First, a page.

Paramedic calls for body-worn cameras in Welsh Ambulance Service after being punched by patient

  • Paramedic Rhys Morgan details the physical and mental challenges he's faced since being assaulted, and why he thinks body-worn cameras are essential

A paramedic has called for the use of body-worn cameras in the Welsh Ambulance Service after he was punched, grabbed and pushed by a patient he was treating.

Rhys Morgan, 32, from Bridgend, broke his wrist as a result of the assault, and his pre-existing scoliosis - a curvature of the spine - was made worse by the fall.

The dad-of-two was forced to take eight months off work to recover, during which he was unable to drive or play with his children due to the strong medication he was prescribed.

He has also been diagnosed with anxiety and said he is "constantly on the back foot" since returning to work following the incident in January 2022.

Last month Mr Morgan's attacker was handed a four month suspended prison sentence, ordered to pay £100 in compensation and attend 20 days of rehabilitation activity.

However, he believes she would have received a tougher sentence had there been footage of the attack.

The number of assaults on emergency workers are increasing, according to the Welsh Ambulance Service.

On the day of the assault, Mr Morgan was called to a female patient in Cardiff "known to be a regular caller" who was complaining of severe pain in her abdomen.

Explaining what happened when he arrived and tried to administer pain relief, he said: "She swung out and unfortunately the needle then went from her and into my left index finger.

"Once we'd taken her to hospital and were preparing to leave, she threw herself off the bed, grabbing my wrist, then pushed me through a door, where I hit the ground again."It took three security officers and a duty manager to restrain her."

'I try to keep out of harm's way'

Mr Morgan returned to work around five weeks ago, but said he is much more cautious than before the attack.

"I won't tend to go through a door first, I step behind my colleague.

"I will try and withdraw people from their homes and put them onto a vehicle, which I class as my safe space where I feel I can control the situation, or bring them outside so I'm not so much isolated into a small area.

"So basically just trying to open up my exit routes, but I never, ever did that before.

"I could be on the way to a job thinking 'this could be someone that's agitated, quite angry', and I will more often than not ask control if police are attending because it just puts me on the back foot."

Mr Morgan feels uncertain about the future of his career since the attack.

The Welsh Ambulance Service launched a campaign against the abuse of emergency workers in 2021, after figures revealed a rise in the number of assaults.

Between April 2019 and November 2020, more than 4,240 assaults were committed against emergency workers, including police, fire and ambulance crews.

That represents a monthly average increase of 10%.

In 2020, the UK Government announced that anyone found guilty of assaulting an emergency services worker would face tougher sentences - bringing the maximum jail time up from 12 months to two years.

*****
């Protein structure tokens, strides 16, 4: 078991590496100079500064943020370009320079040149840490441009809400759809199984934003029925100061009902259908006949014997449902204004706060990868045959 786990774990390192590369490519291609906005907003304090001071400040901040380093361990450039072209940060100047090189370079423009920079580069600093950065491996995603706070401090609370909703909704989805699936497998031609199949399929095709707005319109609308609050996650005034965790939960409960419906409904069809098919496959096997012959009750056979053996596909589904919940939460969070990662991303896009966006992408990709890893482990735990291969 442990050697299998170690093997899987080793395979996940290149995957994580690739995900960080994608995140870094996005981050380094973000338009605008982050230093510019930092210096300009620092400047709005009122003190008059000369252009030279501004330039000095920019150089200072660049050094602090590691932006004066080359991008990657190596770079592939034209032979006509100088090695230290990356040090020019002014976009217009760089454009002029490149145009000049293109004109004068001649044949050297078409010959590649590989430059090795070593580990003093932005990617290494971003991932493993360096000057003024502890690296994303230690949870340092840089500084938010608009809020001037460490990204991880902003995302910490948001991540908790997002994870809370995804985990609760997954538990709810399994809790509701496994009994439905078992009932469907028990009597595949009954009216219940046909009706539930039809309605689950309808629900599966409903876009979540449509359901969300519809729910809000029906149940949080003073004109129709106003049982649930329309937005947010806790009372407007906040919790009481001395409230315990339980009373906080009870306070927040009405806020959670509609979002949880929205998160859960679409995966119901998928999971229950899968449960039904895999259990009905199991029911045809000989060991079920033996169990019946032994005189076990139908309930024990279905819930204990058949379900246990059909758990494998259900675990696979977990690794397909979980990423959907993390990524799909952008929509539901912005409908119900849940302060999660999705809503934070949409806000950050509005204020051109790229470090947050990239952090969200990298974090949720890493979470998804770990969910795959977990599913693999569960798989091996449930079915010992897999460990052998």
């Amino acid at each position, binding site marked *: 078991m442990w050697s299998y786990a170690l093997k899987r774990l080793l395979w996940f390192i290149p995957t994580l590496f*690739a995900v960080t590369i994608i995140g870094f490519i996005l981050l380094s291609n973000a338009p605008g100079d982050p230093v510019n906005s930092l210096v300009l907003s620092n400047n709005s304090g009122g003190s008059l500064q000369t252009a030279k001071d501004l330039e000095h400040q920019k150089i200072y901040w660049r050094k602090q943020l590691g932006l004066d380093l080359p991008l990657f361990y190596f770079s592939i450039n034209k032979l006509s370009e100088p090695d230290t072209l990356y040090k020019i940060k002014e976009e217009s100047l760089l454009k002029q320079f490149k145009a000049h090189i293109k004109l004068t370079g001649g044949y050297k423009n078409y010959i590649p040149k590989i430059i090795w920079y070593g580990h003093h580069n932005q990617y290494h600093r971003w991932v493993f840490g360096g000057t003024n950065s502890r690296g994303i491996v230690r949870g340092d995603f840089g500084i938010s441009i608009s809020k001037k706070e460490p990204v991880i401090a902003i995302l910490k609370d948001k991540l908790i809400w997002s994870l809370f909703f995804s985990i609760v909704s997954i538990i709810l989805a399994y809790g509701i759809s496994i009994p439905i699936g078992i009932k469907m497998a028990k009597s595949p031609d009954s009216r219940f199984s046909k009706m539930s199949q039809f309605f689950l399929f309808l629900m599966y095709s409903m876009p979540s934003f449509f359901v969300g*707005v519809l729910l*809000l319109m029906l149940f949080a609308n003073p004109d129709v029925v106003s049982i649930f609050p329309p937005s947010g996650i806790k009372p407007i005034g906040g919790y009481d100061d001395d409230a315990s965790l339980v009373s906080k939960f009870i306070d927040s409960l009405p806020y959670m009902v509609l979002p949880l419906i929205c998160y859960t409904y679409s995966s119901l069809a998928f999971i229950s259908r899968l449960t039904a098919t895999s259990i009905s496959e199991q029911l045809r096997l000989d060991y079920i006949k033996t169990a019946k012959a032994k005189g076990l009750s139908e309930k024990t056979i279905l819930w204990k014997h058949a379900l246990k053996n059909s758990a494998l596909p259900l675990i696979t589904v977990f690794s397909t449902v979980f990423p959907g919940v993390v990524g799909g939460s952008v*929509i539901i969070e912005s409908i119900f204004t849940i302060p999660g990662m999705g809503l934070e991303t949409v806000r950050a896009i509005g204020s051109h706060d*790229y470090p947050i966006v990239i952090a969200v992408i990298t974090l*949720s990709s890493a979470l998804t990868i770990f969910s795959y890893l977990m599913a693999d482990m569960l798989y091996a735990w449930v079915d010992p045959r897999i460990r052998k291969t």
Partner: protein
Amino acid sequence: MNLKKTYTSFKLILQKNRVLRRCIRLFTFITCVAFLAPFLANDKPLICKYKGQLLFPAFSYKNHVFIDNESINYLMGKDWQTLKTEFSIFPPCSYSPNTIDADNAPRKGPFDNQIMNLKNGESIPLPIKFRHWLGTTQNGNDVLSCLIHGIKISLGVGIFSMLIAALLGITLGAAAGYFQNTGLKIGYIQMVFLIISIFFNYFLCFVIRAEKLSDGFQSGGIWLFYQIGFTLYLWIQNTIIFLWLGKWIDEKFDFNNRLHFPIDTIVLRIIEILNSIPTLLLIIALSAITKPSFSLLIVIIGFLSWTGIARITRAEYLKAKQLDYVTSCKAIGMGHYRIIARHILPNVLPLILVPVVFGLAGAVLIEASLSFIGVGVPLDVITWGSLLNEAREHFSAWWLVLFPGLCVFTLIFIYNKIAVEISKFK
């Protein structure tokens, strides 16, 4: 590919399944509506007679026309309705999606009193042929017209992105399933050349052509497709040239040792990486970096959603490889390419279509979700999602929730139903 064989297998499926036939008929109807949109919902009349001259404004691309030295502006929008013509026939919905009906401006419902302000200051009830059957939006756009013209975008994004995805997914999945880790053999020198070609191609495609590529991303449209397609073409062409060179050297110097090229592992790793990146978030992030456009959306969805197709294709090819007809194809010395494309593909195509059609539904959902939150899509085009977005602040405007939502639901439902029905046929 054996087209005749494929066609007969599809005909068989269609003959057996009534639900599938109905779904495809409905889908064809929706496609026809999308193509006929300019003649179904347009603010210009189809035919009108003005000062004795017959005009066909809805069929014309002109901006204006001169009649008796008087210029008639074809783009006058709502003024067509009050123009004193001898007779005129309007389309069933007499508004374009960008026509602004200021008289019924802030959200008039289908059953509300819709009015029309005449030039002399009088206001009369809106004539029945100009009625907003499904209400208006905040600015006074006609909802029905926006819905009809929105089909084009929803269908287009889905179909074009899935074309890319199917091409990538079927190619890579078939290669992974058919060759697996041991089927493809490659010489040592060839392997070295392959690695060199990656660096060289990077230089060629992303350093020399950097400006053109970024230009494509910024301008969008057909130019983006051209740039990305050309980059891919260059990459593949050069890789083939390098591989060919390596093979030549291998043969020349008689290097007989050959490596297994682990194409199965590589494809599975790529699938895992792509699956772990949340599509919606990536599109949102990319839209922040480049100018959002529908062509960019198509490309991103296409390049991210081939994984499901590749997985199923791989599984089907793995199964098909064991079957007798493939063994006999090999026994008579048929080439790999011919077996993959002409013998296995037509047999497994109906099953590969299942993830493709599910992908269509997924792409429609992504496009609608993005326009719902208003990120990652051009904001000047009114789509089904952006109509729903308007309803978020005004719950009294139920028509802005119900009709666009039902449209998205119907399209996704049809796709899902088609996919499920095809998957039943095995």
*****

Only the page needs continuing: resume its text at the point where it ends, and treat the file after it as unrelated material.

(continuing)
Jason Killens, chief executive of the Welsh Ambulance Service, said: "In Wales we do actually see reasonably stiff penalties being dispensed by the judicial system when physical assaults occur.

"But of course by then it's too late, the staff are injured, they're impacted by that injury and often have to spend many weeks or months off work recovering.

"So our message to the community is very simple: work with us, not against us.

"Don't assault our people because there is never an excuse for that to occur, and we will always seek a prosecution and the toughest possible sentence."

'A moment's violence can have lifelong consequences'

Mr Morgan said: "What I'd like to see from here on is body cameras - it's a deterrent on its own.

"If we had a body camera on and that was then presented to the judge, would that judge then have increased the conviction on what she actually saw, instead of what she's heard?

"I genuinely do think they need to be looked at because of the increase of assaults, it just keeps going up and up and up and nothing seems to change apart from the lives of the people that go out to try and help the ones who've called."

In 2021, it was announced that ambulance crews in England would be given body-worn cameras following trials in London and the north east of England.

In 2021, ambulance crews in England were given body-worn cameras following trials in London and the north east of England. Credit: PA Images

The Welsh Ambulance Service said it does have an ambition to provide staff with body-worn cameras but is limited by funding, particularly while dealing with other challenges like increased demand and staff shortages.

The Welsh Government said it's "working with NHS Wales employers and partners to eradicate physical or verbal assaults on staff", but has not yet received a formal request to fund body-worn cameras for ambulance workers.

Mr Morgan is now waiting for an operation on his spine, which he said has become more urgent since the assault.

He feels "really worried" about the future of his career, but is kept going by the positives of the job.

"I think the only thing that keeps going round in my head is, for example, we see 50 patients a week, out of that 50 we see five that are verbally abusive, aggressive.

"But that's outweighed by the 45 people that you've made smile, or saved their lives, or delivered their child."